…considers that the surreptitious recording of the conversation was very close to the border of what is acceptable and has taken the opportunity to remind the producer of the need for care when using a covert method of filming or recording. Particularly when a request for a recorded interview has been denied.
Turning to principles (iv) and (v), TV3 concluded that the principles did not apply as no private facts were disclosed. It declined to uphold the complaint.
In her final comment, M repeated that she had not given consent to appear in the programme. She wrote that when she said to the programme’s producer that she had not wanted to be on television, she had meant that she did not want to take part in any way in the programme. She noted that she and her family had been recognised by others and that the programme had taken away "my pride, my confidence, my happiness, my trust and my privacy". M said that she had agreed to speak to the debt recovery officer but had not realised that her responses were being recorded for broadcast. In her view, her family’s "treasured privacy" had been stolen.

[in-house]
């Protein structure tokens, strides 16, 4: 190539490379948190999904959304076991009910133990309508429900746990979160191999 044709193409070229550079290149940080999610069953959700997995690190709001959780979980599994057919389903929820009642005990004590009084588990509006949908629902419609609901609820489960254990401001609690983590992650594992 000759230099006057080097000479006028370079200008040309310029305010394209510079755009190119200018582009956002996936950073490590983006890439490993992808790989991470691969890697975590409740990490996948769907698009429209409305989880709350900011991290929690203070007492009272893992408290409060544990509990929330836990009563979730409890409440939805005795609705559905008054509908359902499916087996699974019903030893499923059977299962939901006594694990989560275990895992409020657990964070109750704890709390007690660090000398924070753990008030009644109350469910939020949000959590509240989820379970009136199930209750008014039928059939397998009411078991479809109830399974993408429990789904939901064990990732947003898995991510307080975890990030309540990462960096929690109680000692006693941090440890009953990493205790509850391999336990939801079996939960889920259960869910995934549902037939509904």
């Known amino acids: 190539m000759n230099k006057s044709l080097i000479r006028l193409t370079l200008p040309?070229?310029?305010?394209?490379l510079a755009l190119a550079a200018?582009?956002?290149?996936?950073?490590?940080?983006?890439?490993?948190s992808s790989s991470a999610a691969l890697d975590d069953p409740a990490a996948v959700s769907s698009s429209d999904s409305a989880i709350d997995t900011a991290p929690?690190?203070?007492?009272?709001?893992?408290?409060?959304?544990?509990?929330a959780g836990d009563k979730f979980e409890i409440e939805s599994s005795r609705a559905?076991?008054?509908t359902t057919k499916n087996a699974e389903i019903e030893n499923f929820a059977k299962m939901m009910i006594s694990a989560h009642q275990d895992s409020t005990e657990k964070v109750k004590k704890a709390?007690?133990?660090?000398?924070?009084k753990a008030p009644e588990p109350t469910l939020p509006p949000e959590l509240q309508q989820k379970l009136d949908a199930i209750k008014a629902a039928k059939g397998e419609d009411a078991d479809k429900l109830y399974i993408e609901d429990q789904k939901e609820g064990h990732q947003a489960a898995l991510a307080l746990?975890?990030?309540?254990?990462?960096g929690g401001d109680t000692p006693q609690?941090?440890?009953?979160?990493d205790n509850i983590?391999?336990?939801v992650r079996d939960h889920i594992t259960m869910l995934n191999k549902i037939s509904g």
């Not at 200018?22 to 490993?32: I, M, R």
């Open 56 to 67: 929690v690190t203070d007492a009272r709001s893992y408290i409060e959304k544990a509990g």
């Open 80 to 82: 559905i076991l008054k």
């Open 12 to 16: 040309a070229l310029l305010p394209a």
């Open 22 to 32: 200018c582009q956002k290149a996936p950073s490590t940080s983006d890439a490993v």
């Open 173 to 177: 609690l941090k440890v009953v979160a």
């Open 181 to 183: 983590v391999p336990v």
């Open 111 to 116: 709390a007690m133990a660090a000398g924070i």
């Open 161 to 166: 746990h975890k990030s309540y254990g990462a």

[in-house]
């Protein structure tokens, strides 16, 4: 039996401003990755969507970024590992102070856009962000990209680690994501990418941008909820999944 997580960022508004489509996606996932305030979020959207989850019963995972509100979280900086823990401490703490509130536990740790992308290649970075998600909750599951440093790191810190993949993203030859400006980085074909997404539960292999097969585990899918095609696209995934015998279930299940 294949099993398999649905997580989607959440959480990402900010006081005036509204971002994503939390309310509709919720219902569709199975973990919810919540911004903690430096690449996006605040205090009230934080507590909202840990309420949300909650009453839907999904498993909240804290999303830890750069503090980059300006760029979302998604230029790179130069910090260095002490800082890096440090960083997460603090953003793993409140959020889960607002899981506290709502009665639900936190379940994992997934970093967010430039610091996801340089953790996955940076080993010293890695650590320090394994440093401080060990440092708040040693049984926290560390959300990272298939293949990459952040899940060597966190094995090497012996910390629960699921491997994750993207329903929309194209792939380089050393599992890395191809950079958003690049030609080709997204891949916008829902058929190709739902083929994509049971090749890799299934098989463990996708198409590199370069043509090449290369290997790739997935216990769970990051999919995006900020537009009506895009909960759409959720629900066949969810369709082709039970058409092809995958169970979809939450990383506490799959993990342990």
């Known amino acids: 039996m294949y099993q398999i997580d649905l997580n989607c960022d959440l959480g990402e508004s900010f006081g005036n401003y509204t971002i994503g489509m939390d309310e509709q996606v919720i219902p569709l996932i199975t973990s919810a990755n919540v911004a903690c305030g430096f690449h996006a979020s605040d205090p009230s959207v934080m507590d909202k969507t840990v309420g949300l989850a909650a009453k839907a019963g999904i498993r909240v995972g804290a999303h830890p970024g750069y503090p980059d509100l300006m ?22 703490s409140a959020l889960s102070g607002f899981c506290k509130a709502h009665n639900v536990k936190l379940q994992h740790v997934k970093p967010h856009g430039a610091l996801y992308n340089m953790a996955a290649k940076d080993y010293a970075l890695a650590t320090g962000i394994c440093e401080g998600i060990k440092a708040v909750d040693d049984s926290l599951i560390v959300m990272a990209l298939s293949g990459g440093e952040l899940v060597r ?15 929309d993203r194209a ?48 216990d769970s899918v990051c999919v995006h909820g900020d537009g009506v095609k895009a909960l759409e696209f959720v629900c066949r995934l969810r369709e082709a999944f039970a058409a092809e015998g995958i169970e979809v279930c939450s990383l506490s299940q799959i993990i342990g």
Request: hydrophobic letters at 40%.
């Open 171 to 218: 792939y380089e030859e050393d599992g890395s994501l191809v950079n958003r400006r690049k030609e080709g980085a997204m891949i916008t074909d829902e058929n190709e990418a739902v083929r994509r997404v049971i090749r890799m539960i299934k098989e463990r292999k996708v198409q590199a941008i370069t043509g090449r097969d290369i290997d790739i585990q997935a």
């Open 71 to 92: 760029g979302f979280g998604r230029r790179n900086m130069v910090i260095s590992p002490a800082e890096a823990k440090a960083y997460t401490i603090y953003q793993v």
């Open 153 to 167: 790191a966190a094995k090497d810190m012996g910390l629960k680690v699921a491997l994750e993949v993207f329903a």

When it deals with a complaint that an individual’s privacy has been violated, in contravention of s.4(1)(c) of the Broadcasting Act 1989, the first matter for the Authority is to determine whether the complainant was identified by the broadcast.